Ultimately, being a good dentist includes the ability to recognize what symmetrical discrepancies exist and also knowing how to correct them. In the words of Dr. Frank Spear, “Figure out where you want the teeth and then figure out how to get them there.” Herein lies the problem for most dentists. Most dentists don’t have the ability to move teeth other than the slight position changes that can be made with a restorative treatment plan. Furthermore, since the large majority of adult patients are unwilling to undergo traditional orthodontic treatment, a referral to an orthodontist is not accepted by most adult patients. This creates a situation where dentists are trying to provide great cosmetic dentistry for their patients but with little or no control over the all-important gingival heights.
Fortunately, many GPs have learned how to provide some orthodontic movement using clear aligners. Aligners have been a real asset for general dentists as they have provided us with a tool that can be used to address tooth-position problems. This also gives us some control over the gingival levels. However, aligners have limitations. It is quite difficult to extrude and rotate teeth with aligners and this can be quite frustrating for dentists and patients alike. Furthermore, the high lab fees associated with aligner treatment limits the number of patients who can accept treatment and also limits the payment options that dentists can provide for their patients.
The Six Month Smiles Short Term Ortho system (www.SixMonthSmiles.com) has emerged as a fantastic solution for general dentists. Short Term Ortho involves the use of tooth-colored brackets and wires to level and align the teeth in an average of just six months. The orthodontic scope is more limited than that of traditional comprehensive orthodontics. The treatment goals of Short Term Ortho are very similar to those associated with aligner therapy and align with the trend of minimally invasive dentistry. However, brackets and wires provide for much more controlled and efficient tooth movement. This gives us the ability to provide the needed changes in symmetry over a very reasonable amount of time. Most gingival level discrepancies can be easily corrected in just three months. This can make our cosmetic and restorative dentistry much more predictable and ultimately the end result is more aesthetically pleasing.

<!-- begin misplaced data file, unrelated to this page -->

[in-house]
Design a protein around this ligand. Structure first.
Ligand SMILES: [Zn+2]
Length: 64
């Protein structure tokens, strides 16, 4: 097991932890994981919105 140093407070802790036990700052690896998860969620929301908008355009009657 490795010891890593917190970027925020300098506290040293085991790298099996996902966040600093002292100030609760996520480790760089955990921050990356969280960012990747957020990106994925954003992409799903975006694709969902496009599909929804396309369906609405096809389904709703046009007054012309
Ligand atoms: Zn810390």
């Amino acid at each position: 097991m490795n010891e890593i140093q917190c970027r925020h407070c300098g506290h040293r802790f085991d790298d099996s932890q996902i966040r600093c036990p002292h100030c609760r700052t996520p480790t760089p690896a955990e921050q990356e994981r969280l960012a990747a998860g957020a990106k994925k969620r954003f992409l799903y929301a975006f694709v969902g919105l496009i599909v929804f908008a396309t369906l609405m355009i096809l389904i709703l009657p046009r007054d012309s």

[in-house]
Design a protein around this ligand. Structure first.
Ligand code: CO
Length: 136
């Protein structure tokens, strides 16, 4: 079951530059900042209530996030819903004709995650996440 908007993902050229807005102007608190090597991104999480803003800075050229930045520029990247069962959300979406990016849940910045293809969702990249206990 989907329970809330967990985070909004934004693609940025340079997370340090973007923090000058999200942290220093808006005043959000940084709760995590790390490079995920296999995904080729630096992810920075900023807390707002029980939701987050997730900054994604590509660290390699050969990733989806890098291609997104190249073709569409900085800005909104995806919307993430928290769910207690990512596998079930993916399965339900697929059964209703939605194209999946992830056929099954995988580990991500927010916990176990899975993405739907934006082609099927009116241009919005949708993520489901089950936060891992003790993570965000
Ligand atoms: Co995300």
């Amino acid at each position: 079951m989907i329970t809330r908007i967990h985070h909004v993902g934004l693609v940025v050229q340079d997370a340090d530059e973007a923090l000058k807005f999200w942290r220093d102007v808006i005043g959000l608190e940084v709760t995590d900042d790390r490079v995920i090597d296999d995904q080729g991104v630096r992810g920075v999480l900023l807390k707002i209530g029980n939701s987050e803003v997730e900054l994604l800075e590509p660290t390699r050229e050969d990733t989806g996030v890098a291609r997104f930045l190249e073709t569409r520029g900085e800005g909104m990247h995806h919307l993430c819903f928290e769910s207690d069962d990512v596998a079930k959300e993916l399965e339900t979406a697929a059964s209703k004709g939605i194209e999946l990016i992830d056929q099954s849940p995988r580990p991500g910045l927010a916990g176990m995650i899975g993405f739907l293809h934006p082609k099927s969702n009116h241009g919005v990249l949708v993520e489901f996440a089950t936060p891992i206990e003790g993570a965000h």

Most dentists want to provide great services for their patients. Cosmetic dentistry, when performed correctly, can be a life-enhancing service. A cosmetic dentist must be able to recognize and diagnose discrepancies in symmetry. Furthermore, a great cosmetic dentist also has tools at their disposal with which they can correct the problems. Gingival margin discrepancies have traditionally posed an unsolvable problem for clinicians. But, like most problems, it can be solved with ample knowledge, effective materials and a systemized approach.